Putin war fears ramp up as Russia gains surprise ally: Troops build up on EU's border

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Belarus on Monday announced joint military drills with close ally Russia on its southern border with Ukraine and accused the NATO military alliance of building up offensive capabilities near its borders.

US, NATO and Ukrainian officials say Russia has built up forces near Ukraine, sparking fears of a looming attack.

Moscow denies any such plan. Belarus is itself locked in a row with the European Union over migrants camped at its western border.

Casting it as a response to new military deployments in countries to the west and south of Belarus, Defence Minister Viktor Khrenin said Minsk would hold an exercise with Russia in the “medium-term”.

He gave no specific date.

He said: “We see troop formations around our state borders… We can only be concerned by the militarisation of our neighbouring countries, which is why are forced to plan measures in response.”

NATO member Lithuania, which lies to the west of Belarus, said on Sunday the Atlantic alliance needed to adjust its stance towards Belarus, whose military, it said, was becoming more integrated with Russia’s armed forces.

On Monday, Belarusian leader Alexander Lukashenko said Minsk would not sit idly on the sidelines if the simmering conflict in eastern Ukraine erupted or a war broke out with the West at Russia’s borders.

In a clear nod to Russia, he said: “It is clear whose side Belarus will be on.”

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Russia’s financial and political backing helped him weather huge protests against his rule that broke out last autumn.

Lukashenko was quoted as saying by Interfax news agency: “They understand this, that’s why they’ve begun strengthening their northern Belarus-Ukraine border.”

US, NATO and Ukrainian officials warned on Tuesday that Russia would pay a high price for any new military aggression as the Western military alliance met to discuss Moscow’s intentions for massing troops on the border of the former Soviet republic.

The West has already shown that it can wield economic, financial and political sanctions against Moscow, NATO Secretary-General Jens Stoltenberg told reporters ahead of talks of the alliance’s foreign ministers in the Latvian capital Riga.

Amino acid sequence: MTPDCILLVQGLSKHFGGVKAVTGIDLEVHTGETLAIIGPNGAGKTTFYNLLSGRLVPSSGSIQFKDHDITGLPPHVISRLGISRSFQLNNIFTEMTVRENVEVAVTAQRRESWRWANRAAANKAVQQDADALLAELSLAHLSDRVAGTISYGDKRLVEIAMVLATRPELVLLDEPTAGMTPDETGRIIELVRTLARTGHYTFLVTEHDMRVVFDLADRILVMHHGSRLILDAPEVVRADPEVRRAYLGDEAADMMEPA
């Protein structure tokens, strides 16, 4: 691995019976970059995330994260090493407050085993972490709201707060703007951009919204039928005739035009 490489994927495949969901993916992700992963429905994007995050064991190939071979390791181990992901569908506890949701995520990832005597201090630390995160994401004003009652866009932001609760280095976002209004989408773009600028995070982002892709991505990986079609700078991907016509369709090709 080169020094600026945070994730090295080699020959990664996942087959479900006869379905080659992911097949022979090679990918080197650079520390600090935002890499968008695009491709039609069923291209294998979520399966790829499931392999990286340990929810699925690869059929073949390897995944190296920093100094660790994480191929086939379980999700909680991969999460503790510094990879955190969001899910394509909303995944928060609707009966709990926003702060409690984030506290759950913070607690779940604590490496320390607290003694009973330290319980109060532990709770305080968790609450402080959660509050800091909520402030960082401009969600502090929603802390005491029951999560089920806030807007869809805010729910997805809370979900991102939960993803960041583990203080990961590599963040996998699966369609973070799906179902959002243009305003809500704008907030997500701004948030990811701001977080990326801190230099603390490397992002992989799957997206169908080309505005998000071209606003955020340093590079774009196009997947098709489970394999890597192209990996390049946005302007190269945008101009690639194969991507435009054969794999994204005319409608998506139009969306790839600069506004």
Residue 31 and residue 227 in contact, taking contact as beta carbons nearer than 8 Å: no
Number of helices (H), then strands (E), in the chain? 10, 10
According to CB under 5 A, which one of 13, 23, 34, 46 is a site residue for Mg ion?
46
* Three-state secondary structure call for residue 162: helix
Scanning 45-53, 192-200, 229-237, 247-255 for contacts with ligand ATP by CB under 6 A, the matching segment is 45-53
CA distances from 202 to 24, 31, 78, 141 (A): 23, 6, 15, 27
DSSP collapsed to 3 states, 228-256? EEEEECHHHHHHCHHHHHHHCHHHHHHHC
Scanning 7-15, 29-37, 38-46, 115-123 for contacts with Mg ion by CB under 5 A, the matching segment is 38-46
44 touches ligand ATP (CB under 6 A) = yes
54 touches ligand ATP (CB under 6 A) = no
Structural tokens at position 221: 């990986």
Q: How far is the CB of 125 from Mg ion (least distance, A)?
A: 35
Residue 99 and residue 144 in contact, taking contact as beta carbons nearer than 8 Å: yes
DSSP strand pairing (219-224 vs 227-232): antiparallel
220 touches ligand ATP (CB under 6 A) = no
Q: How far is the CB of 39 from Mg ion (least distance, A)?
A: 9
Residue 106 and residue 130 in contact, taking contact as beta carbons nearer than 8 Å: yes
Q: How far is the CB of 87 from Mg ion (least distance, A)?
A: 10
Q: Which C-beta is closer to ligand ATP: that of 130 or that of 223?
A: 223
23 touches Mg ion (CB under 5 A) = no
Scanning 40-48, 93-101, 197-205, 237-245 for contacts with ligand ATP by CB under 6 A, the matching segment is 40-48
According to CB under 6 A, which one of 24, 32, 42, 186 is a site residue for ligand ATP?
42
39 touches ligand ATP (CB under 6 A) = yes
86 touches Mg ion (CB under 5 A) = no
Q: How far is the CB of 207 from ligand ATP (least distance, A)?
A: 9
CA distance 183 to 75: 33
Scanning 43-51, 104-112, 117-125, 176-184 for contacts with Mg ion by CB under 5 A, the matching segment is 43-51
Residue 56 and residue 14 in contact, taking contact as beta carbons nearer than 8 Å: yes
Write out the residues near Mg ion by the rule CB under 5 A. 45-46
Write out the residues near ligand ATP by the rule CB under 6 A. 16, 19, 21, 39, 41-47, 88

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Mr Stoltenberg said: “There will be a high price to pay for Russia if they once again use force against the independence of the nation, Ukraine.”

US Secretary of State Antony Blinken is expected to brief his 29 NATO counterparts on Washington’s intelligence on what is going on at the alliance’s eastern flank and in Ukraine, which is not a member.

He said at a news conference before the meeting: “Any escalatory actions by Russia would be a great concern to the United States… and any renewed aggression would trigger serious consequences.

“We will be consulting closely with NATO allies and partners in the days ahead… about whether there are other steps that we should take as an alliance to strengthen our defences, strengthen our resilience, strengthen our capacity.”

Kyiv’s aspirations for integration with the West have triggered a standoff with Moscow.

Lukashenko’s comments appeared to contrast with the more neutral stance taken by Lukashenko after Russia’s 2014 annexation of Crimea from Ukraine and its backing for separatist forces in Ukraine’s east.

Minsk, like most of the world, still recognises Crimea as Ukrainian territory.

The Kremlin annexed the Black Sea peninsula of Crimea from Ukraine in 2014 and then backed rebels fighting government troops in the east of the country.

That conflict has killed 14,000 people, according to Kyiv, and is still simmering.



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